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Blame game must end, FM tells Kabul

-Says Pakistan will not take responsibility if blamed for deteriorating Afghan peace
-Terms ‘strategic depth’ as obsolete as Pakistan committed to APPAPS
-Stresses on negotiations to resolve Afghan issue
-Urges Kabul to limit internal mistrust, forget the past and go forward
-Addresses Pak-Afghan Bilateral Dialogue

By Our Diplomatic Correspondent

ISLAMABAD: Foreign Minister Shah Mahmood Qureshi on Monday expressed concern over recent attacks in Afghanistan and said that reduction in violence is imperative to move forward.
Speaking at the inaugural session of Pak-Afghan Bilateral Dialogue in Islamabad, he said the warring sides, including the Afghan government and Taliban, will have to demonstrate flexibility to reach a settlement. Mr. Qureshi said that Pakistan would not take responsibility if it was blamed for any deterioration in the Afghan peace process.
“I wish them luck and a good visit but let me spell it down in advance. If the objective of going to Washington is starting a new blame game and holding Pakistan responsible for all the ills in Afghanistan and the lack of progress in the peace process, then it will not help.
“It is a shared responsibility and nobody is going to buy it anymore that if things go wrong then Pakistan is responsible. We will not take responsibility,” said the foreign minister, adding that Pakistan was “honest and sincere” in building a peace process in Afghanistan.
“We have been accused enough.”
He said it was up to Afghans to decide the way forward for the country and find people who could do that. “Afghanistan needs leadership that can negotiate a successful outcome and that can transit this country into peace and is not worried about perpetuation and hanging on to power.”
Qureshi stressed that Pakistan wanted to partner with Afghanistan, the region and the US to counter terrorism, adding that Pakistan had suffered and “paid a price” in lives lost, soldiers martyred, mosques bombed and loss to the economy.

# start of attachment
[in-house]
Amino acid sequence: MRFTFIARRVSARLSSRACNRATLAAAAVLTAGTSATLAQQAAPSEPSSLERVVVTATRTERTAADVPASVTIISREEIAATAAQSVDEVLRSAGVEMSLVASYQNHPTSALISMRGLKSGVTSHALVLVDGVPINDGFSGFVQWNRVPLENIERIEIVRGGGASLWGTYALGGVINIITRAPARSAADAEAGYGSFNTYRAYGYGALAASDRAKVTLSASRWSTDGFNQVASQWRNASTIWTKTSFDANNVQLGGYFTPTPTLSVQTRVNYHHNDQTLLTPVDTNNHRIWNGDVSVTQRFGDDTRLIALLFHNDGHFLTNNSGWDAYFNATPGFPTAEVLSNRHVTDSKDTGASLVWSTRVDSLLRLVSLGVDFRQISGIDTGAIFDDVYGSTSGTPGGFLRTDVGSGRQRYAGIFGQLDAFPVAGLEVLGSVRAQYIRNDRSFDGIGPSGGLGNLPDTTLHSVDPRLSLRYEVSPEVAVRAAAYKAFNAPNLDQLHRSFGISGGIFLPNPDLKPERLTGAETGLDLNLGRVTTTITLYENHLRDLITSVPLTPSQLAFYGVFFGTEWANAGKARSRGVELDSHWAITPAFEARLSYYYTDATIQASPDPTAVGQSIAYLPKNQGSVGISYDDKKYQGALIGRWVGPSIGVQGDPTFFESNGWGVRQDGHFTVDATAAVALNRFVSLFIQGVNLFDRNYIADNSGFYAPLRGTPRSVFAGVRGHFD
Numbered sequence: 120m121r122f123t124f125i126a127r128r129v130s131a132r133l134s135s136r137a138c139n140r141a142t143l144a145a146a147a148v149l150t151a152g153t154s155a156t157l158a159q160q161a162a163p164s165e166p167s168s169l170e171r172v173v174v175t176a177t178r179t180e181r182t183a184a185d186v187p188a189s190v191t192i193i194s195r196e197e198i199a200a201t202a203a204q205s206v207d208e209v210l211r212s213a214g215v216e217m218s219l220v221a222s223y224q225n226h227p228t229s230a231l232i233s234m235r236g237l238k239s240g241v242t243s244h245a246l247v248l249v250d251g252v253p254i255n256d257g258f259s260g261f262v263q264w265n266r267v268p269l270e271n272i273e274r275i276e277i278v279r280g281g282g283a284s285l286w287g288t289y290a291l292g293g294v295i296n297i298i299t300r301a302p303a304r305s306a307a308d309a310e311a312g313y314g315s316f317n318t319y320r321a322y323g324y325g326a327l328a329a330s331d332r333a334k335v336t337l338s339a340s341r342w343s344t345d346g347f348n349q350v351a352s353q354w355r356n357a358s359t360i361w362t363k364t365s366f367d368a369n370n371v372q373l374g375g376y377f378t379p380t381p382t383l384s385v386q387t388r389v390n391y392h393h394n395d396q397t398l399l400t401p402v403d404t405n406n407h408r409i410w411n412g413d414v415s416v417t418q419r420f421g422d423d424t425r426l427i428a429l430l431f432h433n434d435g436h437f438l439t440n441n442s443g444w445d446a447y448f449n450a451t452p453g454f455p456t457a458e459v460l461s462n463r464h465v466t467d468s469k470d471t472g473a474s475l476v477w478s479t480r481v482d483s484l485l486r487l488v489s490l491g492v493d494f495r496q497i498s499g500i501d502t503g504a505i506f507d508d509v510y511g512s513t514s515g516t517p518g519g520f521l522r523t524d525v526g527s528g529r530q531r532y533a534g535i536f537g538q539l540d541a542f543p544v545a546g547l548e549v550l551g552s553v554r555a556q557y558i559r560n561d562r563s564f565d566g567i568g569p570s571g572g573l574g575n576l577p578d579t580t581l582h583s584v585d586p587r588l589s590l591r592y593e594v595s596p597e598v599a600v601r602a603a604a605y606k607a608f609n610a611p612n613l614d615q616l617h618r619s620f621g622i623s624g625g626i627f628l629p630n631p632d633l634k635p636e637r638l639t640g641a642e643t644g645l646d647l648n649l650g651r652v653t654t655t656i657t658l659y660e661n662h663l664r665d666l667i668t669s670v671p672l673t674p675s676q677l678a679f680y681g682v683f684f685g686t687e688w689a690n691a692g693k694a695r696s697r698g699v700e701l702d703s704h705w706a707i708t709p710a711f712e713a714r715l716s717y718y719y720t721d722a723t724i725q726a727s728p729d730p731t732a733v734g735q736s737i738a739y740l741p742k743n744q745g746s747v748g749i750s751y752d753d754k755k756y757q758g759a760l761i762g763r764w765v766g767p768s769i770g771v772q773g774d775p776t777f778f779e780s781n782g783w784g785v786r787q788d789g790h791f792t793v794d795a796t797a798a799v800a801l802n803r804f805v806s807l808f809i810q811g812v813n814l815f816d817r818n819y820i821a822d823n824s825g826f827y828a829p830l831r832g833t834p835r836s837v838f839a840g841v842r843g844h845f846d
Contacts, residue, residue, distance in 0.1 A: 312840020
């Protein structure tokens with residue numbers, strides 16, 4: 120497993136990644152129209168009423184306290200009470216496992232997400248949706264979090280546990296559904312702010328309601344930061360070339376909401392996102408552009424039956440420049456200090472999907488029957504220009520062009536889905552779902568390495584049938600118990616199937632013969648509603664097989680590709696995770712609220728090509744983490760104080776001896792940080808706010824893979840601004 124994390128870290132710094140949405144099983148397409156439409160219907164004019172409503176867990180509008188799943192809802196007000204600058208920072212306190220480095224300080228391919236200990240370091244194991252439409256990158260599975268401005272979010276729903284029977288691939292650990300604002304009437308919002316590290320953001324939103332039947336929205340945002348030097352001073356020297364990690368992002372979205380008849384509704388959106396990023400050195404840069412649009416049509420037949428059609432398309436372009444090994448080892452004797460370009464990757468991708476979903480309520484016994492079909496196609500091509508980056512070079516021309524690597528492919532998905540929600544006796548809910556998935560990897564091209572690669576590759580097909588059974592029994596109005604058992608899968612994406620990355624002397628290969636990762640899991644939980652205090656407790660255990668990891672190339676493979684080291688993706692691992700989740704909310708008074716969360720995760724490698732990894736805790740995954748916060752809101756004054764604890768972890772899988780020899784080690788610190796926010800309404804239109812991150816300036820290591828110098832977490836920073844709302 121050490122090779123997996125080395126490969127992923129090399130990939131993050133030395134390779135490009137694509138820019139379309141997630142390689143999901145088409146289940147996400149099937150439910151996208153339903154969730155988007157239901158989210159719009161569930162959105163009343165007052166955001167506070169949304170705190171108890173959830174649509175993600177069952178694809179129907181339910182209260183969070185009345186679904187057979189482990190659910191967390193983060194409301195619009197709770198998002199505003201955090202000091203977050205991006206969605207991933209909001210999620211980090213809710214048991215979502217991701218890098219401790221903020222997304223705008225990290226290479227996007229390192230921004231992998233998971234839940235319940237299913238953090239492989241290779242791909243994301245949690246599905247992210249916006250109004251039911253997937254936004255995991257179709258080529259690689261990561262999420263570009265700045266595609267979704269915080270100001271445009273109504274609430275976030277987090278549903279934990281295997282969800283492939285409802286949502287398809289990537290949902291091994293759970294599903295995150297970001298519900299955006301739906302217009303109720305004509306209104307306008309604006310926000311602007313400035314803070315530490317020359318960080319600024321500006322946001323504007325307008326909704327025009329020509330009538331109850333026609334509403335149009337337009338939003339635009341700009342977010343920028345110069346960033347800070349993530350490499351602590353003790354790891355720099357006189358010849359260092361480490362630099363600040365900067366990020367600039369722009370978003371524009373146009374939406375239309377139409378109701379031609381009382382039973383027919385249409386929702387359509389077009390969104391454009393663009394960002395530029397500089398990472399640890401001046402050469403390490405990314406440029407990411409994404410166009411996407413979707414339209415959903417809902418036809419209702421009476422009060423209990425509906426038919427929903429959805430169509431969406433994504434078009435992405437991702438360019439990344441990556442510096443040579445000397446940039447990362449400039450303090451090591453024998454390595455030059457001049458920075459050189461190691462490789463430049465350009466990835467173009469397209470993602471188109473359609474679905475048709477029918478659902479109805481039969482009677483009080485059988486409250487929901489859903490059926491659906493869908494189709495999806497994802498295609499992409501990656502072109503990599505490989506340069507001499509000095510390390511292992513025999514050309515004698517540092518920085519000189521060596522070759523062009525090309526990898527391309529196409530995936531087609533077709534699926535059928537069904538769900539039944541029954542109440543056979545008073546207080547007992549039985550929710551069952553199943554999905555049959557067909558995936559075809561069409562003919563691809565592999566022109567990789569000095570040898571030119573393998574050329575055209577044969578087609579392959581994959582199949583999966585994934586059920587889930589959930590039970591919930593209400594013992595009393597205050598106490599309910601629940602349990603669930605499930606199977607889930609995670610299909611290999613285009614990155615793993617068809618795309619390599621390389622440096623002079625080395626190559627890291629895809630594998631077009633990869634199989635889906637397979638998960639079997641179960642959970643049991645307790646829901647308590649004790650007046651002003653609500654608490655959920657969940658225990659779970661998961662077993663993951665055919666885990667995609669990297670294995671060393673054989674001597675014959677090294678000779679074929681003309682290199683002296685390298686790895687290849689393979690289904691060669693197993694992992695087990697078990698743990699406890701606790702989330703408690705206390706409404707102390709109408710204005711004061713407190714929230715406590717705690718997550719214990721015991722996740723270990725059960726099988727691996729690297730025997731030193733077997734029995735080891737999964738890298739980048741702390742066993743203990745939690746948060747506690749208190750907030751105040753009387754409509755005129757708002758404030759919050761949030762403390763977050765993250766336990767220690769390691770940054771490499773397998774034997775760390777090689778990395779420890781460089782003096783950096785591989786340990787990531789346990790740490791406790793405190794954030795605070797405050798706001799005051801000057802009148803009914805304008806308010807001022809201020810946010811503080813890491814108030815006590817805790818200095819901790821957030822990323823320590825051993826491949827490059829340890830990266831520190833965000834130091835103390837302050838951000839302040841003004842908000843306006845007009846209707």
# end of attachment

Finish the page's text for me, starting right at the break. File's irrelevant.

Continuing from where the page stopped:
The foreign minister said Pakistan wanted to resolve the mutual issues with Afghanistan under the mechanism of APPAPS (Afghanistan-Pakistan Plan of Action for Peace and Solidarity).”I as the elected representative of Pakistan, do not want to see ‘Talibanisation’ of Pakistan. How can I be more clear than that?,” said FM Qureshi, adding that his vision of the country was based on the values advocated by Quaid-e-Azam Mohammad Ali Jinnah.
Pakistan had taken a “very clear decision” to not interfere in the internal affairs of Afghanistan he said, adding, the concept of “strategic depth” was obsolete and Pakistan was instead committed to moving together with Afghanistan to attain the goals of peace and economic prosperity.
“We have no favourites, There is a general buzz that we are advocates of the Taliban. I am not and I don’t represent them, I represent Pakistan. Taliban are Afghans,” the foreign minister emphasised. He said multiple Afghan leaders from “every ethnic group” had been invited to Islamabad to send the clear message that Pakistan wanted to engage with all ethnic communities and leaders “who matter and are important for peace and reconciliation”.
“That is why we have been inviting you and will continue to invite your leadership to achieve our common objective of peace and stability.”
FM Qureshi stressed that “time is running out” and there was a need to find leadership which enjoyed the confidence of Afghans. He urged the Afghan leadership and the Taliban to show flexibility, adding that the region would go nowhere if they continued to stick to their positions.
Qureshi said Pakistan and Prime Minister Imran Khan had been advocating for years that there was no military solution to the Afghan conflict. He recalled that the prime minister had been called ‘Taliban Khan’ by many for his stance but the world was now recognising what he said and agreeing with him that the only solution was a negotiated settlement.
He said there was a “new international convergence” on the stance since the world had seen in 20 years that the most “sophisticated armies, weaponry and technology” could not bring peace in Afghanistan.
Regarding vindication of Pakistan’s stance, Qureshi said he had seen a “very positive change” during his interactions with US legislators last month. “Today in the US we are looking at Pakistan not as part of the problem but part of the solution,” he said, quoting US Senator Lindsey Graham, hailing it as a “paradigm shift in [US] approach”.
The foreign minister reiterated that a “blame game” between Afghanistan and Pakistan would not achieve anything and called for it to stop. He said among some of the impediments he saw were a lack of intra-Afghan trust and a “trust deficit between Pakistan and Afghanistan”. Qureshi stressed there was a need to “forget the past and look at the future”. He said Pakistan was committed to building bridges instead of “sowing seeds of dissent”.
“Trust us when we say that a peaceful and stable Afghanistan is in Pakistan’s interest.” He said he was concerned and disappointed by statements from the Afghan vice president and national security adviser, adding that statements which vitiated the climate between the two countries went against the spirit of the Afghanistan-Pakistan Action Plan for Peace and Solidarity.


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